DC Comics announced today that Gutsville and Batman & Robin artist Frazer Irving will join writer John Rozum on the new Xombi series that’s coming next year. They also shared the cover for the first issue (above)
“Creator and writer John Rozum returns to the fan-favorite title to continue the story of David, and to give the DCU a new corner of urban horror to explore,” said Editor Rachel Gluckstern on The Source blog. “Right from the start, John’s throwing David in over his head, giving new readers and old friends alike the chance to dive into a new story and hold on for the ride. Joining him will be the excellent star artist Frazer Irving on all visual duties to create a world few have seen and fewer still dare to dwell.”
Xombi, the story of a medical researcher whose supernatural wounds were cured by nanomachines that render him immortal, ran for 22 issues. Like the other Milestone characters, Xombi is now part of the DC universe, having been introduced into it last year in Brave & the Bold #26. Rozum recently posted more background information about the character on his blog.
Over on the CBR mothership, Batman & Robin artist Frazer Irving stops by The Bat Signal column to talk to Kiel Phegley about, among other things, his work with Bat-maestro Grant Morrison. Naturally, Irving dishes on some of the darker moments he’s drawn for the Dark Knight and his associates:
Irving, who collaborated with writer Grant Morrison on 2005’s Seven Soldiers: Klarion the Witch Boy, joins an impressive art roster that’s already featured Clarke, Frank Quitely, Philip Tan and Cameron Stewart.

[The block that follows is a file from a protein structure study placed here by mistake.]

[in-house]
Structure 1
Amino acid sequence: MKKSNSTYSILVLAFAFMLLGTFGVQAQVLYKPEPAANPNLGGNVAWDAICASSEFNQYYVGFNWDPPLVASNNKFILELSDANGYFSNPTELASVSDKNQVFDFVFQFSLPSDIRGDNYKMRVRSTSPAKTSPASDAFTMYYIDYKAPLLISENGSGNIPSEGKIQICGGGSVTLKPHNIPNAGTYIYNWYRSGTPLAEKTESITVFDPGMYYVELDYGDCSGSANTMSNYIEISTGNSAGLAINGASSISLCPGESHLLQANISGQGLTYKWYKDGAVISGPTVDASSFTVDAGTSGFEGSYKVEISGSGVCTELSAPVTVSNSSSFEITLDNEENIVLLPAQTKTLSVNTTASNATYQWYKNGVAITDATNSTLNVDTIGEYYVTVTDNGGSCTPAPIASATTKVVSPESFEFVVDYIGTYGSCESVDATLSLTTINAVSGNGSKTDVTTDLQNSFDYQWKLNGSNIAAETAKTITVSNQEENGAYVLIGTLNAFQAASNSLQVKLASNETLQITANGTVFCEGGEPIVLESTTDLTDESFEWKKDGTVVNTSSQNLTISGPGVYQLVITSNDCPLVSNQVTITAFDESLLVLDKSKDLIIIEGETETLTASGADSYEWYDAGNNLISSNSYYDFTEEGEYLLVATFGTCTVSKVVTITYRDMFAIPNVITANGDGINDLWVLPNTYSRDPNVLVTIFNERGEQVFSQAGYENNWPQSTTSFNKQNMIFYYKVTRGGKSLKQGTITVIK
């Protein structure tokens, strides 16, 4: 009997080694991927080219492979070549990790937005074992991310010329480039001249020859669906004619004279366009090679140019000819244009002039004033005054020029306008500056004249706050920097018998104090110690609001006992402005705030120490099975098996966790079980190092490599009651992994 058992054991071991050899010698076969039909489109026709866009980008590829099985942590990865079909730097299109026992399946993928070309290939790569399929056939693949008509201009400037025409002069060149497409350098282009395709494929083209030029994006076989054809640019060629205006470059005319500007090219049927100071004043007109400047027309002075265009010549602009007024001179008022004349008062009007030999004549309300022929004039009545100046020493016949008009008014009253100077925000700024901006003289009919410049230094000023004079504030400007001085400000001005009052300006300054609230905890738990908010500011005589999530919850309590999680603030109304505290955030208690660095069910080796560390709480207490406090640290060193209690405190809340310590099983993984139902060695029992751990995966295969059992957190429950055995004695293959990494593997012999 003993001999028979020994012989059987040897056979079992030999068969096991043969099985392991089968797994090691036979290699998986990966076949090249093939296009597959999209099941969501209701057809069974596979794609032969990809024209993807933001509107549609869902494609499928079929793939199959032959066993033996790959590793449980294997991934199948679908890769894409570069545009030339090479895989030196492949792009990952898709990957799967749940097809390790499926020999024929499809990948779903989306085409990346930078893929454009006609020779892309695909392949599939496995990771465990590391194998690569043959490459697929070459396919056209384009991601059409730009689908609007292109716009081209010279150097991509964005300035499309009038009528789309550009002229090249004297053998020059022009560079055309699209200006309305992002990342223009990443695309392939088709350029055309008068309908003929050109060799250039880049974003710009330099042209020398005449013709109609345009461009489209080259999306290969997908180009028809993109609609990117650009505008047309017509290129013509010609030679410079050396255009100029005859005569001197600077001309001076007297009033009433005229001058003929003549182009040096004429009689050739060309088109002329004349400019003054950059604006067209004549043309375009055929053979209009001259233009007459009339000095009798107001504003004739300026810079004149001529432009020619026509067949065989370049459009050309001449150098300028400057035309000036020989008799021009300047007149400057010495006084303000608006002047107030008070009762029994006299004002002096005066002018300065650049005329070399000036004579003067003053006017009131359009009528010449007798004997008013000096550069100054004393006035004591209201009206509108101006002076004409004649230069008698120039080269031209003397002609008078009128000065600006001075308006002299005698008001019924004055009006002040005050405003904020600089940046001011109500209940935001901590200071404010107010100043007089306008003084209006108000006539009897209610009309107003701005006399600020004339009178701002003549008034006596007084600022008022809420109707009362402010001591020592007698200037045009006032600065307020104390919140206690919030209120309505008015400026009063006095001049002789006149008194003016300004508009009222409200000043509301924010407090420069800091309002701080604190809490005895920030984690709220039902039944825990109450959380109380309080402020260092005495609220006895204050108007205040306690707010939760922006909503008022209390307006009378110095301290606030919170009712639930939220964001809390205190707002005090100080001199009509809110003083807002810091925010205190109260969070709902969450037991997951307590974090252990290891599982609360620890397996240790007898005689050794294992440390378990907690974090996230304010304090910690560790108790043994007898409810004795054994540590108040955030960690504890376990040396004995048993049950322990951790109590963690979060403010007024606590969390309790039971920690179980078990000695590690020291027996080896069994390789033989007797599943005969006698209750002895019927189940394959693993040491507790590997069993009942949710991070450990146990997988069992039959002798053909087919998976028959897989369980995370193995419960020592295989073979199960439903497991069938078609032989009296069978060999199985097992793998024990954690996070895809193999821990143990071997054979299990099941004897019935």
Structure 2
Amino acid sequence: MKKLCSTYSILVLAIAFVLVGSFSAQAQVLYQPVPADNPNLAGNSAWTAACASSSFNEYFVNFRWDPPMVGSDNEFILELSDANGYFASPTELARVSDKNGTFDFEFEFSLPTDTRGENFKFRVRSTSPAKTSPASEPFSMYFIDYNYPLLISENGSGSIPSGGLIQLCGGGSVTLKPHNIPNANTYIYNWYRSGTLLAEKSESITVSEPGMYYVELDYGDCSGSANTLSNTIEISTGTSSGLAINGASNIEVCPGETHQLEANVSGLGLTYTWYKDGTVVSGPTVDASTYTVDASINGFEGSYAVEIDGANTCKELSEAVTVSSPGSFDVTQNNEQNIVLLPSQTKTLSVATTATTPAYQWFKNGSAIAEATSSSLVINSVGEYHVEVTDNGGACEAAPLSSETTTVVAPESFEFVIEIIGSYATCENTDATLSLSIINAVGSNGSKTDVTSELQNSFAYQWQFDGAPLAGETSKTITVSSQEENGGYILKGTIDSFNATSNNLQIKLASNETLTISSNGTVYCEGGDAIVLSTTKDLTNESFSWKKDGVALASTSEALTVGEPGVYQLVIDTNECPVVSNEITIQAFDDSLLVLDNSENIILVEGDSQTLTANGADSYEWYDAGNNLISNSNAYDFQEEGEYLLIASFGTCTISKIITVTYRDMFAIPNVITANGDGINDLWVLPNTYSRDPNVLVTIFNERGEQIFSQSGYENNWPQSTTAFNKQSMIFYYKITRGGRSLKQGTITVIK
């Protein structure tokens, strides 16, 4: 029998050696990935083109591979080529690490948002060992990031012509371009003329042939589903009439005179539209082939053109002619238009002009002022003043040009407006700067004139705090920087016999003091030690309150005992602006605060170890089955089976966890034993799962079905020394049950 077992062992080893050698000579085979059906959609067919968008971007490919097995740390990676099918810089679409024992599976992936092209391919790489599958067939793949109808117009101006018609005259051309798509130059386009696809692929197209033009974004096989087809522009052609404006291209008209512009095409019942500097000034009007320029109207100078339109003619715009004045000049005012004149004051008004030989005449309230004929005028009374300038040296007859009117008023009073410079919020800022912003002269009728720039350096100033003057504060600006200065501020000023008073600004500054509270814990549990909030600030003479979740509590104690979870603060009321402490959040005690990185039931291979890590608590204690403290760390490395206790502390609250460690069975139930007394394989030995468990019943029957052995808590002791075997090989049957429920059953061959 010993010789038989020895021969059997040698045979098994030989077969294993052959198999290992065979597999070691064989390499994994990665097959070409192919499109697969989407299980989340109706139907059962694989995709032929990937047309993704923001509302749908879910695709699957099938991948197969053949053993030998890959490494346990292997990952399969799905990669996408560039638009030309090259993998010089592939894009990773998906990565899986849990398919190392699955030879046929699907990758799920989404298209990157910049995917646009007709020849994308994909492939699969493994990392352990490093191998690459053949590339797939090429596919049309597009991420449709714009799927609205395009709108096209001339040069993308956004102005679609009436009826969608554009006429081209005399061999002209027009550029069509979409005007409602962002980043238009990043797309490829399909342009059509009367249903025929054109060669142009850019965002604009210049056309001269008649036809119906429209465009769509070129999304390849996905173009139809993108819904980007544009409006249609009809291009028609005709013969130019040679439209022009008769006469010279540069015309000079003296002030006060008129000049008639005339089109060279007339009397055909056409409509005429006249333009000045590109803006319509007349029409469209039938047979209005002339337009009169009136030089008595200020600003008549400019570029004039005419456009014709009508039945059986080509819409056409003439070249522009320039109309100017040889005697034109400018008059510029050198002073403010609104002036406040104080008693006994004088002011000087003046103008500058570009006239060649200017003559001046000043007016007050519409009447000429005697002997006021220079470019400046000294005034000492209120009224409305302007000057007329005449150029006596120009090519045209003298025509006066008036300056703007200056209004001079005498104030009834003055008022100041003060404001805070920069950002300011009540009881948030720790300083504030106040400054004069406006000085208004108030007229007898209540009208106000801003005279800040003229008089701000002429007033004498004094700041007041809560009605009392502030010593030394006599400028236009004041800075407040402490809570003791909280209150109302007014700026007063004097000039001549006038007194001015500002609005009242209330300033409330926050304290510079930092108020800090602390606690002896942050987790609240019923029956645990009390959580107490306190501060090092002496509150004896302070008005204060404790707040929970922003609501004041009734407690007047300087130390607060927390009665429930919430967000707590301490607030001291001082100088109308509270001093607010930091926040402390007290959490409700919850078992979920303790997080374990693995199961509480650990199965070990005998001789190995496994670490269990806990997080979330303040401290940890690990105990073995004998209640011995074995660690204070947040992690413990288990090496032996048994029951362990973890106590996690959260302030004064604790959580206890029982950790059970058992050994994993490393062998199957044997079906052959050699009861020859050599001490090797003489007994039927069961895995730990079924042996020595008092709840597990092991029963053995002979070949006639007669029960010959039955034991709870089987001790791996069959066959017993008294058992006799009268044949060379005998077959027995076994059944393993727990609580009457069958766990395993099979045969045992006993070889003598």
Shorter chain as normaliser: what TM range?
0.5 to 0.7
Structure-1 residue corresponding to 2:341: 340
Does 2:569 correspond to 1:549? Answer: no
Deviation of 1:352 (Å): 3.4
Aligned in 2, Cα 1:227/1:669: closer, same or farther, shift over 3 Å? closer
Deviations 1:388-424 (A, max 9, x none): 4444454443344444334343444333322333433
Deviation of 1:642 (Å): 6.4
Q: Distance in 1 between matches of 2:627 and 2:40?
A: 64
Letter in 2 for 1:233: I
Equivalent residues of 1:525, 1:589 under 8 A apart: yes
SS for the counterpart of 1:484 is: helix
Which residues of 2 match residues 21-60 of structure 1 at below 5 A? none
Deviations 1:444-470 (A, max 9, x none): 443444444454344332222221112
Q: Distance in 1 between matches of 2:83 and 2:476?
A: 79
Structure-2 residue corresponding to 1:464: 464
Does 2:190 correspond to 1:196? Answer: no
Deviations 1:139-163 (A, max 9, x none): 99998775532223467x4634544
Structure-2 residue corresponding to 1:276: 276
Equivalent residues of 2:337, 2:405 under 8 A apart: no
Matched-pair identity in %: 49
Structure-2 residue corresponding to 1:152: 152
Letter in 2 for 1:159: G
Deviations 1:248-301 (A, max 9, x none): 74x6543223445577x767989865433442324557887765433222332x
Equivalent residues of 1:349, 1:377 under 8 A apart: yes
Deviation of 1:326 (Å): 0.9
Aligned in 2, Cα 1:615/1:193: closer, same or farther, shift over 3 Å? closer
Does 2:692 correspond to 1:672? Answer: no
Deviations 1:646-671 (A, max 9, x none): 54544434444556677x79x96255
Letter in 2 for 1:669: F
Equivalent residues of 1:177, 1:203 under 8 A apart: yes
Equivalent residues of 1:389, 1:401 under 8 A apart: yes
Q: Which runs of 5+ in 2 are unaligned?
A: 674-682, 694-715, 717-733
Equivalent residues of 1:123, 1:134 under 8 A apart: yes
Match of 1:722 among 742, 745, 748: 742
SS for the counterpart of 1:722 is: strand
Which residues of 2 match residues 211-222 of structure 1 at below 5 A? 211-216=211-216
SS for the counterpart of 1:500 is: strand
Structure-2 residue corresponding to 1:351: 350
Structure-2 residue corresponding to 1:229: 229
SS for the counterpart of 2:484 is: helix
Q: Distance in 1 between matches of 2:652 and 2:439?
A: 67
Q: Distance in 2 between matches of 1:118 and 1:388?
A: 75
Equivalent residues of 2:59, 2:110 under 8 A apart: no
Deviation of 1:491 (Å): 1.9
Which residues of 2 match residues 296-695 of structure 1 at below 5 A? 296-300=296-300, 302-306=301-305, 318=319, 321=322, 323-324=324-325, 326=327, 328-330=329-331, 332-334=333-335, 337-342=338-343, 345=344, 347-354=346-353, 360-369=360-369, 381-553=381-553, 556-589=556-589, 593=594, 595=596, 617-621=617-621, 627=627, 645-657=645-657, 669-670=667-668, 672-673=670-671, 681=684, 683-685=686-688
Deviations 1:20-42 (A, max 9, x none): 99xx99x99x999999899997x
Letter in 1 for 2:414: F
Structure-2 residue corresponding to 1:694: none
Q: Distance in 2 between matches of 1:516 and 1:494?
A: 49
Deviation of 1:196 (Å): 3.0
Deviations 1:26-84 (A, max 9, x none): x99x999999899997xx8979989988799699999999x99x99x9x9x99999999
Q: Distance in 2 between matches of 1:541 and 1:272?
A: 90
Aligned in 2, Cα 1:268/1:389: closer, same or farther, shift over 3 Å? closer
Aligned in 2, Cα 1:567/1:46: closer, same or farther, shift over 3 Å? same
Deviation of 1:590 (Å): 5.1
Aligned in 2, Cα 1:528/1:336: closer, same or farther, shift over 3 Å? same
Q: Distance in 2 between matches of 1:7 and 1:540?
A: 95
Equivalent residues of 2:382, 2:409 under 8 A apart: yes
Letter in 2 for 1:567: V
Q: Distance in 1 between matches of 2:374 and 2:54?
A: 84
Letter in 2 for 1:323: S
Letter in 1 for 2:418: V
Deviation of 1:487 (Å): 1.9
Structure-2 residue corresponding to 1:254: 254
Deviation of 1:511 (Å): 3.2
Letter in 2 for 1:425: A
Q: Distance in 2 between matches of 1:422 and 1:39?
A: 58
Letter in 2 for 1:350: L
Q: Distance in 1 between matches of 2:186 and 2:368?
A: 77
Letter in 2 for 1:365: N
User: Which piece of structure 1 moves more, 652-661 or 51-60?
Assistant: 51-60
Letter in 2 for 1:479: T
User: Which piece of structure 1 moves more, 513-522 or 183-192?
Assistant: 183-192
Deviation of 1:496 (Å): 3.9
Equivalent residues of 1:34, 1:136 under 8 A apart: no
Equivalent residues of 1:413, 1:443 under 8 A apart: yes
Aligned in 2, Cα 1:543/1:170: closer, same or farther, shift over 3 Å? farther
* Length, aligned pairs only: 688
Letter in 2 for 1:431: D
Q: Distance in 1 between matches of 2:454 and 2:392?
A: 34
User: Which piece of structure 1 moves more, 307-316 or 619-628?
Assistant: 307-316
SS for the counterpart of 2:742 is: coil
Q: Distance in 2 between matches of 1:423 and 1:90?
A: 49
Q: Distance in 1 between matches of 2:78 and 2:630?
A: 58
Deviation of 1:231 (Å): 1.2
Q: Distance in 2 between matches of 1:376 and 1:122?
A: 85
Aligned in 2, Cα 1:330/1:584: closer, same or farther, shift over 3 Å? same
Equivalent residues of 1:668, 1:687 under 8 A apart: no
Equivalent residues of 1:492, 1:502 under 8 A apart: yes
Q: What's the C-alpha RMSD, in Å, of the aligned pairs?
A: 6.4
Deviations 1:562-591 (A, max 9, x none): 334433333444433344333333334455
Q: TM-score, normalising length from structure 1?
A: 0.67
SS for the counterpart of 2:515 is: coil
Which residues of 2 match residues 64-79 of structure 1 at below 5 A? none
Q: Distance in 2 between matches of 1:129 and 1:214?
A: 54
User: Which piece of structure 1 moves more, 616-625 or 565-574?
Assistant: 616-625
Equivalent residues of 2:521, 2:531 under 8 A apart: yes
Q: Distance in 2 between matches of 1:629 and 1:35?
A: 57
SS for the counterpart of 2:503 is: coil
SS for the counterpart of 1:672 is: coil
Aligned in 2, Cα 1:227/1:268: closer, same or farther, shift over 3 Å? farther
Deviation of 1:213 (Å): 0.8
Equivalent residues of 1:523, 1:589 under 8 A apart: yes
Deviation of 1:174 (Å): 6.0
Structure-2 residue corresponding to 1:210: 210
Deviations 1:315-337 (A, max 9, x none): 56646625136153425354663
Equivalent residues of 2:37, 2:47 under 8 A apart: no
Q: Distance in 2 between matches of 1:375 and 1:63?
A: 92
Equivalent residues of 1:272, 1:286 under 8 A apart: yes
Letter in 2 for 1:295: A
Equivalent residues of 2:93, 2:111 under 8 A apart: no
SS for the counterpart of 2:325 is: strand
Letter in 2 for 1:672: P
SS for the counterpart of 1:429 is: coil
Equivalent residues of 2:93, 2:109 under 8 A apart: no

At one point Irving was set for Issues 10-12, which initially were to be drawn by a returning Quitely.
Irving is also illustrating the second issue of the Morrison-penned Batman: The Return of Bruce Wayne. That brings us to DC’s other Bat-related announcement — the full artist lineup for the six-issue miniseries: Chris Sprouse, Issue 1; Irving, Issue 2; Yanick Paquette, Issue 3; Cameron Stewart, Issue 4; Ryan Sook Issue 5; and Lee Garbett, Issue 6. The miniseries debuts in May.
“Frazer’s a unique comics creator in that he handles all aspects of the art chores — pencilling, inking and colors — which gives him the best creative control an artist could ask for,” Batman Editor Mike Marts told The Source. “And with fantastic results! Readers will drool when they see Frazer’s amazing pages to both Batman projects he’s working on.”